We all know the saying. We have all heard it repeated many times. But what is the truth behind the old adage that one dog year is equal to seven human years? Unfortunately, there’s no solid rule on this supposed age ratio. Actually, to date, there isn’t even any accurate scientific data on this topic.
One of the problems with confirming this well-known formula via scientific methods is that every breed of dog can age and mature differently. Nutrition, weight, genetics, and environmental factors all come into play when comparing dog years to human years. It must also be taken into account that the one to seven ratio is likely to be inaccurate at the early and late stages of life. The formula just does not work out right for very young or very old dogs.
For example, a 1-year-old dog may have reached puberty by canine standards but this does not really correlate to a 7-year-old human girl or boy. So, to simplify, one dog year can be considered equivalent to seven human years in the “middle-aged” years only.
Here is a much better guide to comparing the age range of the two species:
- Year 1 of a puppy’s life is equivalent to a human teenager (approximately a 13 years old)
- Year 2 for a pet is equivalent to a young adult (approximately a 22 year old)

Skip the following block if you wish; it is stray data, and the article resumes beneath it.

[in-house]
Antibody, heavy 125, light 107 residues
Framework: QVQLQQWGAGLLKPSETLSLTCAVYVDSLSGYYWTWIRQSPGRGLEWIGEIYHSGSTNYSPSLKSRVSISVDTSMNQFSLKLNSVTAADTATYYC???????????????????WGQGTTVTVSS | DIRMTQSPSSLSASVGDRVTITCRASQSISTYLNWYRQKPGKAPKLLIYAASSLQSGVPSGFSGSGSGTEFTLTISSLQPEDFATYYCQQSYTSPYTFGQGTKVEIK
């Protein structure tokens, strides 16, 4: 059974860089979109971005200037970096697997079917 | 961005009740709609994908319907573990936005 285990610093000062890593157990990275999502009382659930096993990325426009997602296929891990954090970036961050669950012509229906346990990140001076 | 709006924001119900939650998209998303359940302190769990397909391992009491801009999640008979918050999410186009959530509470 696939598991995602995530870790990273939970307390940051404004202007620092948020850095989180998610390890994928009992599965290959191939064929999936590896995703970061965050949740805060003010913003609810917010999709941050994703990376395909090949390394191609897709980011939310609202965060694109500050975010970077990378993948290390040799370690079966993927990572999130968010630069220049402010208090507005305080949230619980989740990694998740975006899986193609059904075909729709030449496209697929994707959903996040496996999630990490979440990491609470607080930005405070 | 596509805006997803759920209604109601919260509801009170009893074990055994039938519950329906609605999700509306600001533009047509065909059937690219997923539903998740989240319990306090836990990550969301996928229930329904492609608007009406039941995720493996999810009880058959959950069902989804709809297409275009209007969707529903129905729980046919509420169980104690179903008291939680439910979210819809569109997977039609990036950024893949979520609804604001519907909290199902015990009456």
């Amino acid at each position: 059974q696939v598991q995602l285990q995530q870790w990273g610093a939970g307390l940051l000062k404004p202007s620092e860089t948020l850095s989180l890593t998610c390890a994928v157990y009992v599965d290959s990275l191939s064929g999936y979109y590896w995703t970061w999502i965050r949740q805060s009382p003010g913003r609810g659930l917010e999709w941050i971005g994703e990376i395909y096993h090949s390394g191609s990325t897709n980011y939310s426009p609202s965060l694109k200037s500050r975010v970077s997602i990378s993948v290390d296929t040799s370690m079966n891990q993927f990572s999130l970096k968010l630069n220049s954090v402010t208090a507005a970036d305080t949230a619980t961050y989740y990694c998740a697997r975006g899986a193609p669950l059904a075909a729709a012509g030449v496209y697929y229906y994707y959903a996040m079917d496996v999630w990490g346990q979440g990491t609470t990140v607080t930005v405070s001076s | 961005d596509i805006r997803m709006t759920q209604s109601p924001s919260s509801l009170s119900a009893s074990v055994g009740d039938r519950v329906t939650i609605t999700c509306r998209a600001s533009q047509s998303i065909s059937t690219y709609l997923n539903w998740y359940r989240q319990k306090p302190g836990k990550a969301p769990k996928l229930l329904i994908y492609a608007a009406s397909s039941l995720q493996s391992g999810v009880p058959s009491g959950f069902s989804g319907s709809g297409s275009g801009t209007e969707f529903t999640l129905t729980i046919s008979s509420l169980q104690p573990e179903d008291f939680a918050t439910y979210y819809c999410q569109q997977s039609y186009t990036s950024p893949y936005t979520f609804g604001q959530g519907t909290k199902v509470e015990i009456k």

- Each year after that is equivalent to approximately four human years.
The graph below shows a more accurate representation of dog years to human years based on the weight of your pup.
The average lifespan of a dog seems to vary according to their adult size, which is usually a factor of breed. Small dogs often live between 15 to 16 years, medium and large size dogs typically live 10 to 13 years, and some giant dog breeds often live only 7 to 8 years. Giant breeds also tend to mature slightly at an older age than smaller breed. They become “adult” at around two years old compared to around 15 to 18 months for other breeds.
The notion of a human year being equivalent to seven dog years is really a misconception. There is no real solid rule that can apply to all breeds and sizes when it comes to comparing dog years with human ones. Many factors must be considered and a more adaptable scale is needed to account for different maturity rates between our two species.
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